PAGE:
- Staring at a page
- Staring at a page upside down
- Staring at an illustration and making assumptions about a text
- Staring at a page while dreaming about lunch
What do all of these actions have in common? Well, they all look a lot like reading, but they’re not.
Reading is comprised of a variety of skills including decoding a text and extracting meaning from it. Early on in their schooling experience, many students pick up on what it looks like to read a book. From pre-school and for some even earlier, their teachers (and hopefully family members) are modeling reading for them. This can be wonderful because children can pick up ideas about what they should look and sound like while they are reading. This can also become a huge detriment, because children can appear as though they are reading when in fact they are not. How can you tell? Certainly not by staring at them…but there are some things you can do to figure out whether or not a child is truly reading and comprehending a text.
Children who appear as though they’re are reading, convince us that they do not need support, when in fact they do. Often, when the school or classroom library is extensive, children have a difficult time choosing a book and end up taking one that is not necessarily appropriate for them to be reading independently. An even worse issue occurs when a child is inconsistent with bringing books home. Students should be reading books! If they’re not, we need to be asking whether it is an issue of access or remembering…if it’s an issue of access, always feel free to email me. I will help you find resources!
1. Many teachers model choosing a “Just Right Book.” A “Just Right Book” is a book that is on an appropriate level for a student to be reading independently and be making sense of on their own. Families can help their children choose an appropriate book too! Here are some steps that can help you to find a book that is “Just Right”:
- Read the summary on the back or inside the jacket
- Make sure the book sounds interesting and that you can read and understand the summary
- Flip to a random page inside the book and use the “Five Finger Rule.” To apply “The Five Finger Rule,” read through the entire page and count the words that you do not know on your fingers. If there are more than five, you should probably take a different book.
- Sit in with a child and ask him/her to read you a page out loud.
- Sit in with a child and ask him/her to read a paragraph and then summarize it for you.
- Sit in with a child and ask him/her to listen to a page that you read aloud, and then summarize.
- Sit in with a child and either listen to him/her read, or read a page silently. When the page is done, ask a few simple questions about the part you read.
Children notice what their peers are reading. Reading often becomes a confidence issue in school. Often, children will want to read a book that is too hard for them just because their friend read it. It is important to have conversations with your children about this issue. Kids need to understand that there are plenty of different kinds of reading that they can do…It is better to read some books on our own and other books with a family member or friend. Reading appropriate books independently will lead to growth in literacy skills. I don’t know that I’d agree wholeheartedly with the phrase “practice makes perfect,” but I definitely would say that practice reading makes readers grow stronger.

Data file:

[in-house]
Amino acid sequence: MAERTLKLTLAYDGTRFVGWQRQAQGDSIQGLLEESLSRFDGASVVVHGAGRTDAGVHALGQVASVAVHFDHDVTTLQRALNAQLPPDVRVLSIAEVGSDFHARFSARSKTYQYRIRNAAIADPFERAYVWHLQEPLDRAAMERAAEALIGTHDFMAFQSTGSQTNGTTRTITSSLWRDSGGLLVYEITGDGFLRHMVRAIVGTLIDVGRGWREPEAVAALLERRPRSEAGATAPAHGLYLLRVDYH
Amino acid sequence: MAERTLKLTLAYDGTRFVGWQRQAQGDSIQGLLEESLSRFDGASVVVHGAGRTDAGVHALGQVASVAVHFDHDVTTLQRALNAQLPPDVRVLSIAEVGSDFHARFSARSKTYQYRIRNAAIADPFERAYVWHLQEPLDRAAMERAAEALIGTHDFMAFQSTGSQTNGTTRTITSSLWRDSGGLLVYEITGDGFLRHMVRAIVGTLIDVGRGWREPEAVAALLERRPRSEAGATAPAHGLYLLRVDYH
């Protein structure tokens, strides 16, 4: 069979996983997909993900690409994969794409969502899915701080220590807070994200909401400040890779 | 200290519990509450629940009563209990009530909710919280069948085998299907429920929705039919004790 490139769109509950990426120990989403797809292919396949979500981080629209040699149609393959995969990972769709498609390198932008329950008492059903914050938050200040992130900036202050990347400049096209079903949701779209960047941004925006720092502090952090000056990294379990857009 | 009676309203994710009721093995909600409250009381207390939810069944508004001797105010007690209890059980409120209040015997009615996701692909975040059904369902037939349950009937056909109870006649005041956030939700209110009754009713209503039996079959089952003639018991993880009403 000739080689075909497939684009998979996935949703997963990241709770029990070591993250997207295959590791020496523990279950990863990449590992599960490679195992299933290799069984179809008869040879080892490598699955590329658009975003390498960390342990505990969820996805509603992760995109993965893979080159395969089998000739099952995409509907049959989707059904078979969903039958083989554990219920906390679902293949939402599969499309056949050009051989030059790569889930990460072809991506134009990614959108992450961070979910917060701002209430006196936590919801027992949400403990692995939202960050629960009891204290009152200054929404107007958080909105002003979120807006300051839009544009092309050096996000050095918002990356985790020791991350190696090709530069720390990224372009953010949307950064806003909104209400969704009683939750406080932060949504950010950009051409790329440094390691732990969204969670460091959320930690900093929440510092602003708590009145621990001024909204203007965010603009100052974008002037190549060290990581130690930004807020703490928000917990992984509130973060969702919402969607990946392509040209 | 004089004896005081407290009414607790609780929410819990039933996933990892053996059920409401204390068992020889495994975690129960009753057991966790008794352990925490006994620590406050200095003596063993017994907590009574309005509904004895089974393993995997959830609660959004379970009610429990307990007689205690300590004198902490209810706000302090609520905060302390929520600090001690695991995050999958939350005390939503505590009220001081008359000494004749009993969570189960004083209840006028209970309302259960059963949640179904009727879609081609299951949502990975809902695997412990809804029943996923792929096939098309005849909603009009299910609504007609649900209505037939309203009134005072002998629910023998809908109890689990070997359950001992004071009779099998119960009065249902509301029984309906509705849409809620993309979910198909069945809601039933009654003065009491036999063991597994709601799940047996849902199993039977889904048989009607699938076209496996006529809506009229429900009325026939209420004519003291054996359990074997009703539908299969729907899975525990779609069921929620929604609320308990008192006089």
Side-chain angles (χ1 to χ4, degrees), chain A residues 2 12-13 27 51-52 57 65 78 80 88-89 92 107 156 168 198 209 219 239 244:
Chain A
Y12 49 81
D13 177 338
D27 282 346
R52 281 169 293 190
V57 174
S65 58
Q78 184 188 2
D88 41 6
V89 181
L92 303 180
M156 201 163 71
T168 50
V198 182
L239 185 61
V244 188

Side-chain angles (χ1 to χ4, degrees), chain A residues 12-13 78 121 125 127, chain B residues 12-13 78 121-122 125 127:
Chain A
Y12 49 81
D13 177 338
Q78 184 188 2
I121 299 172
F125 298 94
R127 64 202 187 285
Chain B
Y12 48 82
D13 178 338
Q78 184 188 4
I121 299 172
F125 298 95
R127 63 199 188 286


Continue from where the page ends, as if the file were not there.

Of course we always want our children to embrace challenge and to push themselves to their potential, but that is not the same as choosing a book that will lead to frustration, or worse, tears. We do not want our children to be spending time staring at books upside down, or daydreaming about play-dates because the texts are not readable just yet. Here are some lines to use with your child:
- “I love Harry Potter too! Let’s try reading that one together at night!”
- “When we were reading together, I noticed that it was tricky to answer some of the questions. It is so important that we understand what we are reading. Why don’t I help you choose a book tomorrow and we’ll try to read a few pages together?”
- “I notice you keep talking about reading the book your friend was reading. You seem so interested in it. Let’s see if we can find it on an audiotape!”
The most important thing to remember is that while we want to find “Just Right Books” for our kids, we don’t want to take away reading confidence or interest. If our children are interested in reading something more challenging, we need to find a way to feed that interest before it goes away. Giving children multiple experiences with reading is critical to their growth. These experiences can include: shared reading, books on tape, independently reading, read aloud, book clubs, etc.
Resources That Can Help
If this piece helped you, check out Top Secret!, a previous post which divulges secrets to the art of book leveling.
Also, be sure to check out Marisa’s Dream Library. It is a growing project that is in its early stages but has some great books for different age and ability levels.
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